In a season where the importance of every game grows each day, big wins are important for a team struggling to stay afloat. On Saturday night, the Mets delivered just that. The Mets kept pace in the National League, thanks to a good start from Seth Lugo. Following six strong innings from Porcello on Friday, Lugo gave the Mets five more strong innings. The overworked Mets bullpen needed two games like this, with Met starters averaging around four innings per start over the last seven games. After a tough loss on Friday, the Mets rebounded by shutting the Phillies down. With just 20 games to go, the Mets sit four games under .500 with a need to improve.
Phillies Strike First
The game began just like any other Mets game, with the starting pitcher allowing an early run. The Phillies gained the 1-0 lead thanks to a first-inning home run by Rhys Hoskins. This was Hoskins’ seventh home run in his last 11 games and his eighth of the year. For Seth Lugo, that was all he would allow aside from three more hits and two walks. Lugo went five innings and allowed one run on four hits and two walks. The former closer struck out eight batters, a season-high in his third start since being moved to the rotation. Lugo worked out of the bullpen in his first nine appearances. It took a few innings but the Met bats got going behind Lugo.
Mets Storm Back
In the bottom of the third, the Mets scored almost in an instant. Jeff McNeil, who has been red hot lately, hit a leadoff double. Andres Gimenez’s single drove him home. McNeil, who struggled earlier in the season, has been hot to start September, going 8-21 with four doubles. McNeil’s OPS is .980 for the month of September. Gimenez’s last two games have been good as well, collecting four hits in six at-bats with four RBIs. After two groundouts moved Gimenez to third base, Michael Conforto blooped a single to left to give the Mets a 2-1 lead. Conforto has by far been the Mets’ best and most consistent position player this year. Conforto has an OPS of .961 and an OPS+ of 165, he has seven homers and 24 RBIs as well. His wRC+ is 165 and his .331 batting average is good for fourth in the majors.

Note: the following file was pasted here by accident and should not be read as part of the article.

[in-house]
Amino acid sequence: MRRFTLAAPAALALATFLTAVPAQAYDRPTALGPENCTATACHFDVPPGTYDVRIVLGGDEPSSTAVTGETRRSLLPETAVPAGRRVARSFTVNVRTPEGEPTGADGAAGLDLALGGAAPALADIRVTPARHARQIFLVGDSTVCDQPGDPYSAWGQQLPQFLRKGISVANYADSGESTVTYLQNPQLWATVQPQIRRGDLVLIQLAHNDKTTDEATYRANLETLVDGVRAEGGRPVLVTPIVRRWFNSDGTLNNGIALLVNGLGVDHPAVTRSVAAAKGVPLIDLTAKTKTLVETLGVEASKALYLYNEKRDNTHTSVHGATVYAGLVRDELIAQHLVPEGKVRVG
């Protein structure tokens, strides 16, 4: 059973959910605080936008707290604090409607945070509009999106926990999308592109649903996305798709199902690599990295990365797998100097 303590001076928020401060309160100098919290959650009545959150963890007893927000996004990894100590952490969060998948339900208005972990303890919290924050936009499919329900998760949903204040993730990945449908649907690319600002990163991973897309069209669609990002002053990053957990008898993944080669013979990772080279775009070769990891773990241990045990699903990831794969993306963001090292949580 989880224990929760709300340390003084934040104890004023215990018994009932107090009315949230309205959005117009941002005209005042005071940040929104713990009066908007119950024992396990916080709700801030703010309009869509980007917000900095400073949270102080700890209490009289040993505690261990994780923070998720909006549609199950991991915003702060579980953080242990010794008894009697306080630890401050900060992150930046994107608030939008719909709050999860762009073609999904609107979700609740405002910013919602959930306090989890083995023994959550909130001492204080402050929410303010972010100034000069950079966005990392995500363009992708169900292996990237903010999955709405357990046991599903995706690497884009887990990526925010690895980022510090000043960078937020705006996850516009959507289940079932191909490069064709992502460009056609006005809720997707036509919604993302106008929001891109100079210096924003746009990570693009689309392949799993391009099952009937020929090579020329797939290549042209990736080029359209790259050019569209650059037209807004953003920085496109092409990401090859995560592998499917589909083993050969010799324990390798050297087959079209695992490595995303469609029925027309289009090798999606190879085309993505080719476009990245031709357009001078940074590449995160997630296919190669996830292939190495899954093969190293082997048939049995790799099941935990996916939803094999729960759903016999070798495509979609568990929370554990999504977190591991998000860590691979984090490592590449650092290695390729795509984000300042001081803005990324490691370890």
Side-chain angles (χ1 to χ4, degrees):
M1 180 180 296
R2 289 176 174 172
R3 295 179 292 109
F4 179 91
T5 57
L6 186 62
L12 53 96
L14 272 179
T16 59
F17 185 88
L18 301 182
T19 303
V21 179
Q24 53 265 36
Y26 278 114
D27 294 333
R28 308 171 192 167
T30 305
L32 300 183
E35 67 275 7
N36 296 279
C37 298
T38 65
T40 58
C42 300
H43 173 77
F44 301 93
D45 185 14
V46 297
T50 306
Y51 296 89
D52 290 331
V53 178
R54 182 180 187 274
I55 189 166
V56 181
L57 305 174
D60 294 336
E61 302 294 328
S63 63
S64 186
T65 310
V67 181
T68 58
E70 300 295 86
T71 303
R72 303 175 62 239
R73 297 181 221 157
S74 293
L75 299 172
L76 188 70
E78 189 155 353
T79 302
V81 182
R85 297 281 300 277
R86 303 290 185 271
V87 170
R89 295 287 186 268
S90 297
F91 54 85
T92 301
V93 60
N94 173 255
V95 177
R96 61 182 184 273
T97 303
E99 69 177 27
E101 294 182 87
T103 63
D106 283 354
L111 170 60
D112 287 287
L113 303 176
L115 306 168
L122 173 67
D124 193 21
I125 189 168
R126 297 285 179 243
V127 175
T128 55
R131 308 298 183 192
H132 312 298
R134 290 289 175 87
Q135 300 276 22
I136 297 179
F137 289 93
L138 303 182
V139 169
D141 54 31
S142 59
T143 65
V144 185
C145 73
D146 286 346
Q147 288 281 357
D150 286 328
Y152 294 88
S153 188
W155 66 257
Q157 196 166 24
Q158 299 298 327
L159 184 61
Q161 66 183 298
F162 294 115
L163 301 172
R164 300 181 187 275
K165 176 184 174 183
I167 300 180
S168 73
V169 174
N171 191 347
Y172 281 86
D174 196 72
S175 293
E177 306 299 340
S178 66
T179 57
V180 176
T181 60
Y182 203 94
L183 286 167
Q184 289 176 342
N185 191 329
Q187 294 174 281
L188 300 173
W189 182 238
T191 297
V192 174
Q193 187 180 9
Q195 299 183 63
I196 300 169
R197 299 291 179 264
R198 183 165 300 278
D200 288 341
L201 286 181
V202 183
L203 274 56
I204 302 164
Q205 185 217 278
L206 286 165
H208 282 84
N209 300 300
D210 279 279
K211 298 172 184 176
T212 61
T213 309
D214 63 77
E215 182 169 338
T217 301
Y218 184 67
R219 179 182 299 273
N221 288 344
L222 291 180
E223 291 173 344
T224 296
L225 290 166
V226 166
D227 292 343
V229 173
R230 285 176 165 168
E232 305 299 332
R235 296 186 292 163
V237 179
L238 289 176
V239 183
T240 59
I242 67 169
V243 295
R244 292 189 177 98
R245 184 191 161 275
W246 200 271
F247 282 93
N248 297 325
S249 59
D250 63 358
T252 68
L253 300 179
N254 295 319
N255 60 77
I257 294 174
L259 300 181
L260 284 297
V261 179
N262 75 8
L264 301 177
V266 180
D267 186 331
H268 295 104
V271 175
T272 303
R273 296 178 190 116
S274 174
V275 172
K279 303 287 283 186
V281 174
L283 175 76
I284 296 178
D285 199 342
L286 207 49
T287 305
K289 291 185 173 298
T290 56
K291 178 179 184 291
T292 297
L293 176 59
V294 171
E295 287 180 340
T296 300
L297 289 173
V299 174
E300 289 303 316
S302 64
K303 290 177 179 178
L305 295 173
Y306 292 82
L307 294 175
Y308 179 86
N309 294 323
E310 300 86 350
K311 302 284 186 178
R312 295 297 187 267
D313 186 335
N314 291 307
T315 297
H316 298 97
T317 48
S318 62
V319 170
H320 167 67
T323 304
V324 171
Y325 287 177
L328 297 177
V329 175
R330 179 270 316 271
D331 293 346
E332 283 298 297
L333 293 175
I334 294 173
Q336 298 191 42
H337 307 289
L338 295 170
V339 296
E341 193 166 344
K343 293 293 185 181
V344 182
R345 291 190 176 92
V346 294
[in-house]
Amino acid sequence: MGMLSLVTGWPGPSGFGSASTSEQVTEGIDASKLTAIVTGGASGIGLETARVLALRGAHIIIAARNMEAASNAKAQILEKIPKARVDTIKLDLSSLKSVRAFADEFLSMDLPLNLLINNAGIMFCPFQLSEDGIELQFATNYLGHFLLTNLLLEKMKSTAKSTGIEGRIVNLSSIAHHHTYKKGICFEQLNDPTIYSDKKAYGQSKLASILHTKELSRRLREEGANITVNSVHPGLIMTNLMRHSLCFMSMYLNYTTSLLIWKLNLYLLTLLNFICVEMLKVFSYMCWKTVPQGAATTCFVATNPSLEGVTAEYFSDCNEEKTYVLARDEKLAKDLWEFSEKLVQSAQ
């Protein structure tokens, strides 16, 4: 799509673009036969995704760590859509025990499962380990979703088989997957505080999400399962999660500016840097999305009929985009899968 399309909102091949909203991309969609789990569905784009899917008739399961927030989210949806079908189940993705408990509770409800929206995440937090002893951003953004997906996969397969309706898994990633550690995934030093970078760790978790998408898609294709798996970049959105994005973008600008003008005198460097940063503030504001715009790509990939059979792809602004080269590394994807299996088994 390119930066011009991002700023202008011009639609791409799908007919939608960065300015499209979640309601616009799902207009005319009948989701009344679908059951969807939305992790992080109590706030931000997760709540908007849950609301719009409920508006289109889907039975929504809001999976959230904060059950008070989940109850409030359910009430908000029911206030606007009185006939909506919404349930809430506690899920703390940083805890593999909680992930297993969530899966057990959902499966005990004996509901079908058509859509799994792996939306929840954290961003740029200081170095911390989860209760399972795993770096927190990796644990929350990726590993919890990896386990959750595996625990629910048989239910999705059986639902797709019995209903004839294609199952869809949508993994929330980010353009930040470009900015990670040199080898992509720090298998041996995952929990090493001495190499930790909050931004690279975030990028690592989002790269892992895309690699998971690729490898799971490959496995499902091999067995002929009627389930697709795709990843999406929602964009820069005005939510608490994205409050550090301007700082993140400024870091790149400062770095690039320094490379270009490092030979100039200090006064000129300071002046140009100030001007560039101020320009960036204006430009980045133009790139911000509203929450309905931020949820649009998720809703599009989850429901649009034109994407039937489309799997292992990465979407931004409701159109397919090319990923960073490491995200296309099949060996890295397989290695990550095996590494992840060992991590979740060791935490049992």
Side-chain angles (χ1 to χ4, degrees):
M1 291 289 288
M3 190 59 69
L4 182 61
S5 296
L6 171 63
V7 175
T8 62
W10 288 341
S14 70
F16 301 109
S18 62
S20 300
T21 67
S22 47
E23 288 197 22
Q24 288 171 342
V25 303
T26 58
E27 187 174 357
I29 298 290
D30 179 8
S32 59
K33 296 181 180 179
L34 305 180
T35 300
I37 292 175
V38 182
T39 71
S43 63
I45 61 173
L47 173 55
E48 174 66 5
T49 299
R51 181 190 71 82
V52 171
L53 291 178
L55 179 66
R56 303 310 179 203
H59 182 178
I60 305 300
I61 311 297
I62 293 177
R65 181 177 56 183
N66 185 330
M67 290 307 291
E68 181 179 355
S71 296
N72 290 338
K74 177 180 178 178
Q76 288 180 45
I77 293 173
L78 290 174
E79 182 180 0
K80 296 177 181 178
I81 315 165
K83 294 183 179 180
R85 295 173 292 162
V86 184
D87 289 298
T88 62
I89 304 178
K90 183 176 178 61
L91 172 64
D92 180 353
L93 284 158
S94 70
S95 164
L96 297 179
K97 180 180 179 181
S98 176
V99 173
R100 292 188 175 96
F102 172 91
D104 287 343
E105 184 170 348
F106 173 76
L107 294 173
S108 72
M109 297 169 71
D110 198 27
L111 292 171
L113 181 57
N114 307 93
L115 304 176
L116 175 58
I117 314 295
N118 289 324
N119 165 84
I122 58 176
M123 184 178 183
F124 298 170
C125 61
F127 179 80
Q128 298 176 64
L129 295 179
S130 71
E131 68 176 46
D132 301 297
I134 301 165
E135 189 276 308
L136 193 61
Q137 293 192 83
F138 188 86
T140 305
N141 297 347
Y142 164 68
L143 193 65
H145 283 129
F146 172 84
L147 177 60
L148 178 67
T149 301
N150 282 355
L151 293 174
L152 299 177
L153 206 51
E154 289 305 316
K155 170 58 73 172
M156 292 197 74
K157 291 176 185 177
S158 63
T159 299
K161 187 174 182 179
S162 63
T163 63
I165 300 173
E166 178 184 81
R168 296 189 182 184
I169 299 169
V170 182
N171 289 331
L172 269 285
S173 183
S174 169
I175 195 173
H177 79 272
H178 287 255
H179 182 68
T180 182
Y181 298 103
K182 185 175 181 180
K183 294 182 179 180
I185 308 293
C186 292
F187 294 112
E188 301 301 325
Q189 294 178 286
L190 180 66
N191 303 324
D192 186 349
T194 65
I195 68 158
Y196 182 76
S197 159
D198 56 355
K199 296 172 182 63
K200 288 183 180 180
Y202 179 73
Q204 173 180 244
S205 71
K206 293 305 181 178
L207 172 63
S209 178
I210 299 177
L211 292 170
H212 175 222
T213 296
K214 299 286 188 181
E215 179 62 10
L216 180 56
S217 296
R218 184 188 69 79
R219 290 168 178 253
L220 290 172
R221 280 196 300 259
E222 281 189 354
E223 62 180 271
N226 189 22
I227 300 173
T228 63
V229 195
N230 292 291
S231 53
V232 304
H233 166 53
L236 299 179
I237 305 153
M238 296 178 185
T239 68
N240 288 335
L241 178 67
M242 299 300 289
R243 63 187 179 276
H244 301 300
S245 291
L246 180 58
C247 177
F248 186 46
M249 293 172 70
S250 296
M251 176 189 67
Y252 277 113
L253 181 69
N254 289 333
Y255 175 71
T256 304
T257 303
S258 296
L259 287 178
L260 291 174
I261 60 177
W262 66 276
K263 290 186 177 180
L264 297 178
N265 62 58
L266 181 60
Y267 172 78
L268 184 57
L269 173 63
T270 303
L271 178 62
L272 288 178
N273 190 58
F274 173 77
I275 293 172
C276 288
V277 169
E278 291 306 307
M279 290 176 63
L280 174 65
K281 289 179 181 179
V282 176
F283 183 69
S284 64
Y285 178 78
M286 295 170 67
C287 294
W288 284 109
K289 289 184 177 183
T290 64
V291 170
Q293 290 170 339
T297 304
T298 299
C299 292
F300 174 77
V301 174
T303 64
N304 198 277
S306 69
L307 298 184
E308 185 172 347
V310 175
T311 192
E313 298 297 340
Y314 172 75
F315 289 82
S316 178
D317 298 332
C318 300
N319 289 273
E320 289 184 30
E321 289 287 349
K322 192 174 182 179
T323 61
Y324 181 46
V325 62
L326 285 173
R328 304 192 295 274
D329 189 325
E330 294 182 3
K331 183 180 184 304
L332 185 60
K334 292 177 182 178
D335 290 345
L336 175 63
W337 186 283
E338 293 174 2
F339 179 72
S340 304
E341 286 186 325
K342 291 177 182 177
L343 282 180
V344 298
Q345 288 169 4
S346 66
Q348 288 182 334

Mets keep Momentum
The Mets tacked on a run in each of the next three innings. In the fourth inning, following a hit batsman and another McNeil double, Gimenez popped out to second baseman Neil Walker. Walker retreated and caught the ball on his heels in the outfield grass and Frazier took note. Walker could not camp under the ball and Frazier took off, scoring from third on a weak, errant throw. The Mets knew with Frazier they would get a great clubhouse guy, but they also got a smart baseball mind. The team got a clear boost from Frazier’s return to New York, going 3-0 when he’s in the lineup.
In the fifth, the Mets loaded the bases with nobody out and were only able to scratch across one run. The run came from Dom Smith grounding into a fielder’s choice, his team-leading 28th RBI of the season. Smith has been something of a revelation for the Mets, with an OPS of .992 and OPS+ of 169. Though, Smith has cooled off lately, going just seven for his last 30 with zero home runs. The fifth and final Met run came on an RBI double from Robinson Chirinos. Chirinos was acquired at the trade deadline and played in his second game as a Met. The 36-year-old catcher was brought on to reduce the workload on Wilson Ramos and have a tryout for next year’s team. Chirinos has a club option next year and, if he plays well, that could be picked up by the Mets.
The Mets bullpen, which has now been thoroughly rested, pitched very well on Saturday. Four relievers combined to allow six runners to reach base over four innings. The Mets got solid innings from Jeurys Familia, Justin Wilson, and Edwin Diaz, but perhaps the best was from Miguel Castro. Castro would allow just one baserunner, a J.T. Realmuto infield hit, which was later erased on a double play. A shutdown inning was big for Castro, who allowed two runs in his previous appearance against the Yankees on Thursday. Edwin Diaz, who pitched the ninth inning, had another three strikeout performance. Diaz has allowed runs in just four of his 17 appearances this season, allowing just four earned runs.
Though many Mets fans don’t trust him, Diaz has been one of the more reliable relievers this year. His ERA is down at 2.12, the second lowest mark of his career. Additionally, his FIP is low at 2.44, the third lowest of his career. The one knock on Diaz is that he hasn’t been the closer, like the Mets thought. In six save opportunities, Diaz has converted on just two of them and has been hectic at times. He has been thrust into tough situations, but those are what shutdown closers are supposed to thrive in. High pressure situations to save ballgames. Diaz has been a good reliever this year, but not in the way the Mets expected and hoped for him to be.
Series Closing Game
The Mets will continue this series on Sunday in a battle of aces. Aaron Nola is set to go for the Phillies, while Jacob deGrom goes for the Mets. A win would be huge for the Mets, who trail the Rockies by 1 ½ games for the eighth seed. Exactly 40 games through the season the Mets have been underperforming expectations. For the Mets to complete my original prediction of 34-36 wins they need to finish between 16-4 and 18-2 down the stretch. A tall order for a team who has struggled to show any consistency throughout the year. A second win over the Phillies, however, is a great place to start.
STANDING: 4th NL East